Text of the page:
1. Help with Integration.

Hi all. It may be simple, but I do not seem to recall it. How can I solve the following

As an example u may like to set n to any integer, say, 5.
Thanx.
Nvd.

2. Originally Posted by beezee99
Hi all. It may be simple, but I do not seem to recall it. How can I solve the following

As an example u may like to set n to any integer, say, 5.
Thanx.
Nvd.
(it doesn't make sense to have x in the limits when it is the variable you're integrating with respect to...EDIT, if it is pi, then no worries )

the way to handle an integral like this, is to simply expand the numerator, using the binomial theorem if n is large enough to make it useful, and then dividing each term by x. for the first term, the 1/x, the integral would be ln|x|, for the others, use the power rule for integrals: $\displaystyle \displaystyle \int x^n ~dx = \frac {x^{n + 1}}{n + 1} + C$

then apply the fundamental theorem of calculus to deal with the limits on the integral.

3. Originally Posted by beezee99
Hi all. It may be simple, but I do not seem to recall it. How can I solve the following

As an example u may like to set n to any integer, say, 5.
Thanx.
Nvd.

It's hard to read what the upper limit is, but let's supose it is pi, so:

$\displaystyle \displaystyle{\int\limits^\pi_0\frac{(1-x)^n}{x}\,dx=\int\limits^\pi_0\frac{\sum\limits^n_ {k=0}\binom{n}{k}(-x)^k}{x}\,dx=\int\limits^\pi_0\left(\frac{1}{x}-n+\frac{n(n-1)}{2}x-\ldots\pm x^{n-1}\right)\,dx$ ,

and now use linearity of the integral to solve each of the above...

Tonio

4. $\displaystyle \int \frac{(1-x)^n}{x} ~dx$ where $\displaystyle n$ is natural number .

Sub. $\displaystyle x = 1 -t$

$\displaystyle dx = -dt$

We have $\displaystyle - \int \frac{t^n}{1-t}~dt$

$\displaystyle = - \int \frac{ 1 - (1-t^n) }{1-t}~dt$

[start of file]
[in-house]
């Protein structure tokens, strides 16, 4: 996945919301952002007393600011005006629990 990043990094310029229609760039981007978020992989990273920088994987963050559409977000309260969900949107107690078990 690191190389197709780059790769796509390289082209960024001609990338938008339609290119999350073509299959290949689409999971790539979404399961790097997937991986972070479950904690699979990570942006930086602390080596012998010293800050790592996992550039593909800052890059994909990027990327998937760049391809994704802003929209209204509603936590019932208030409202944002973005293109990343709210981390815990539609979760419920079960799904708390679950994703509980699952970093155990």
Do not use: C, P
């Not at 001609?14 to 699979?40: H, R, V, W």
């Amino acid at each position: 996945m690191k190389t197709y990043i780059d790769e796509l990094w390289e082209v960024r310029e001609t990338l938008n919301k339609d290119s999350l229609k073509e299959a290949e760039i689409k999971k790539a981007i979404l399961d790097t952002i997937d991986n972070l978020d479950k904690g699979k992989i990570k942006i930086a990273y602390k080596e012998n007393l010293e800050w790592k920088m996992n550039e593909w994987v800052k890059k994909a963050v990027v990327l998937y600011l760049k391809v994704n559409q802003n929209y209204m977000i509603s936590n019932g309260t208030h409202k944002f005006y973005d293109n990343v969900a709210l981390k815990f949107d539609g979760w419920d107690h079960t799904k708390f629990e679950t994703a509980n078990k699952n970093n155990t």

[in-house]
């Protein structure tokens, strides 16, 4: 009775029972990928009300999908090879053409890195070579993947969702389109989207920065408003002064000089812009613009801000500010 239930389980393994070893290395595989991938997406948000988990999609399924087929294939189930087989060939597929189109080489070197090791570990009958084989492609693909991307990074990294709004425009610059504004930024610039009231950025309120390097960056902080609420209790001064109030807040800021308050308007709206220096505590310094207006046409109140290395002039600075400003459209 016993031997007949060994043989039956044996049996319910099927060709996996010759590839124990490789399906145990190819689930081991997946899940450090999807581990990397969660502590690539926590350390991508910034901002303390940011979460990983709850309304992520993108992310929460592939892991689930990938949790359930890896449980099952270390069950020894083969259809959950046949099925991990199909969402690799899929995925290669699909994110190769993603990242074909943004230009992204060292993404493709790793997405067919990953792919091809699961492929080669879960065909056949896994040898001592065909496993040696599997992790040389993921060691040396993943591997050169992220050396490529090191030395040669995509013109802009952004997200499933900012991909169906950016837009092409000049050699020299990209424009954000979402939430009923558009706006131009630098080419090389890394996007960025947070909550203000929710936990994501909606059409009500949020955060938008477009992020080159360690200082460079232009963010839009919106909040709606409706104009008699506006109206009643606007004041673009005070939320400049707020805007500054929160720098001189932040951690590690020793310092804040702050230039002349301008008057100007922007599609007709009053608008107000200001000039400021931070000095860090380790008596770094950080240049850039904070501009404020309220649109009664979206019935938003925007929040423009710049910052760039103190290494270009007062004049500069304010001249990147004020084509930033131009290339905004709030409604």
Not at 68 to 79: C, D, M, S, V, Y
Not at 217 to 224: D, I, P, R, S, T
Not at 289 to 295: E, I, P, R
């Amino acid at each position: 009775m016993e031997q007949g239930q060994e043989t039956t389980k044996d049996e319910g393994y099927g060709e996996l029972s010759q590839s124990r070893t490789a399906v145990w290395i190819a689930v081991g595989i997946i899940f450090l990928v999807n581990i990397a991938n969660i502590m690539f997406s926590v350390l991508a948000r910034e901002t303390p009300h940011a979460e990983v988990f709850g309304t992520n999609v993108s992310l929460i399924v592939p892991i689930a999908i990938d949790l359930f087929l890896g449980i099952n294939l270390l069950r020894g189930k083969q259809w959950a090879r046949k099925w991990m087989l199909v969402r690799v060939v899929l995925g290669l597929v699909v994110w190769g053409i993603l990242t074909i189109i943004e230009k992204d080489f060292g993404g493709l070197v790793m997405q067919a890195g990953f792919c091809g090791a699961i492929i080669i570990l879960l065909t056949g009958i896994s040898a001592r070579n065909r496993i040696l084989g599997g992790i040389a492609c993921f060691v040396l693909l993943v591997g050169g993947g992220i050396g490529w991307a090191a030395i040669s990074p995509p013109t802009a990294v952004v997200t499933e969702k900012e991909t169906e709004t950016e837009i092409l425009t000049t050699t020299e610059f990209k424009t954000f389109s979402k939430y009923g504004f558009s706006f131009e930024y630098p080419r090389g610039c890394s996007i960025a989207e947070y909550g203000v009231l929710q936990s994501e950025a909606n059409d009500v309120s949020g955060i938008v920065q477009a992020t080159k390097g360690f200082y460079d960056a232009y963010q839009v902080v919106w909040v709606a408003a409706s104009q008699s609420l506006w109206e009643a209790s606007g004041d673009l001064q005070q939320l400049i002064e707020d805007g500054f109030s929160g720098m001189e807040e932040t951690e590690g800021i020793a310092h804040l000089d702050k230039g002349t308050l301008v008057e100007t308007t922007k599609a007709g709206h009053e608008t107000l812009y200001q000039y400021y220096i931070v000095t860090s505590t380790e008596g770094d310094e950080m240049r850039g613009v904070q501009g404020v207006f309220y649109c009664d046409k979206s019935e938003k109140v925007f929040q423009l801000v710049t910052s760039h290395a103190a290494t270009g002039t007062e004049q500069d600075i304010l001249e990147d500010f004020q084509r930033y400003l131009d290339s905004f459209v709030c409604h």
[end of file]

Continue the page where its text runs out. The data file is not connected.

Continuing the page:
$\displaystyle = - \int \left[ \frac{1}{1-t} - (1+ t + t^2 + ... + t^{n-1} ) \right] ~dt$

$\displaystyle = \frac{t}{1} + \frac{t^2}{2} + \frac{t^3}{3} + .... + \frac{t^n}{n} + \ln|1-t| + C$

or $\displaystyle = \frac{(1-x)}{1} + \frac{(1-x)^2}{2} + \frac{(1-x)^3}{3} + ... + \frac{(1-x)^n}{n} + \ln|x| + C$

5. Hi guys. Sorry, the upper limit is 1.

6. It's the lower limit, 0, that is the problem!

7. So then how to resolve the issue for lower limit of 0 ?

8. Originally Posted by beezee99
So then how to resolve the issue for lower limit of 0 ?
it's an improper integral then. you would have to compute:

$\displaystyle \displaystyle \lim_{N \to 0^+} \int_N^1 \frac {(1 - x)^n}x~dx$

(the integral doesn't converge...)

9. How about if I have the following where m and n are different integers?

Will the ln(x) terms cancel out?
Thanx.

10. Originally Posted by beezee99
How about if I have the following where m and n are different integers?

Will the ln(x) terms cancel out?
Thanx.
No, both integrals would be considered separately. you apply the fundamental theorem one at a time since the limits are different

11. Hi. The limits are the same i.e. 0<=x<=1 for both the integrals. The only difference between the two is the powers of (1-x). So?

12. Originally Posted by beezee99
Hi. The limits are the same i.e. 0<=x<=1 for both the integrals. The only difference between the two is the powers of (1-x). So?
well in that case, you can put both under the jurisdiction of a single integral, and then yes, the 1/x 's will cancel. so you will have a convergent integral.